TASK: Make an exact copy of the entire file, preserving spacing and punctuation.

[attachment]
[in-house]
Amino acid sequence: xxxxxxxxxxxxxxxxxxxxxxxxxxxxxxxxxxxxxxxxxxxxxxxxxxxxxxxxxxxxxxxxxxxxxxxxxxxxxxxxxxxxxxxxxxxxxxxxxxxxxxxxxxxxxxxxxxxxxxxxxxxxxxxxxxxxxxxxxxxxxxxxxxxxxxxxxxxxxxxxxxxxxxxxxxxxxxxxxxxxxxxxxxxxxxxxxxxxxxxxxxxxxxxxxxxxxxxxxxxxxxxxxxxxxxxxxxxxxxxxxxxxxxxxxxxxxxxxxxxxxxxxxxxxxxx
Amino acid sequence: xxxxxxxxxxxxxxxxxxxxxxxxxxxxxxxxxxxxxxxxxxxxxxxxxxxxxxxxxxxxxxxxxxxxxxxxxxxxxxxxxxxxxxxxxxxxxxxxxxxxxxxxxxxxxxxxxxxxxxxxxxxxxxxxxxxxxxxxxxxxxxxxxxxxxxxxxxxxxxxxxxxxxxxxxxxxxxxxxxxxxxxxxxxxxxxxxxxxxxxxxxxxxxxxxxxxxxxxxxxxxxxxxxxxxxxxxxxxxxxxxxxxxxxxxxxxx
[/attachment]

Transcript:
[in-house]
Amino acid sequence: xxxxxxxxxxxxxxxxxxxxxxxxxxxxxxxxxxxxxxxxxxxxxxxxxxxxxxxxxxxxxxxxxxxxxxxxxxxxxxxxxxxxxxxxxxxxxxxxxxxxxxxxxxxxxxxxxxxxxxxxxxxxxxxxxxxxxxxxxxxxxxxxxxxxxxxxxxxxxxxxxxxxxxxxxxxxxxxxxxxxxxxxxxxxxxxxxxxxxxxxxxxxxxxxxxxxxxxxxxxxxxxxxxxxxxxxxxxxxxxxxxxxxxxxxxxxxxxxxxxxxxxxxxxxxxx
Amino acid sequence: xxxxxxxxxxxxxxxxxxxxxxxxxxxxxxxxxxxxxxxxxxxxxxxxxxxxxxxxxxxxxxxxxxxxxxxxxxxxxxxxxxxxxxxxxxxxxxxxxxxxxxxxxxxxxxxxxxxxxxxxxxxxxxxxxxxxxxxxxxxxxxxxxxxxxxxxxxxxxxxxxxxxxxxxxxxxxxxxxxxxxxxxxxxxxxxxxxxxxxxxxxxxxxxxxxxxxxxxxxxxxxxxxxxxxxxxxxxxxxxxxxxxxxxxxxxxx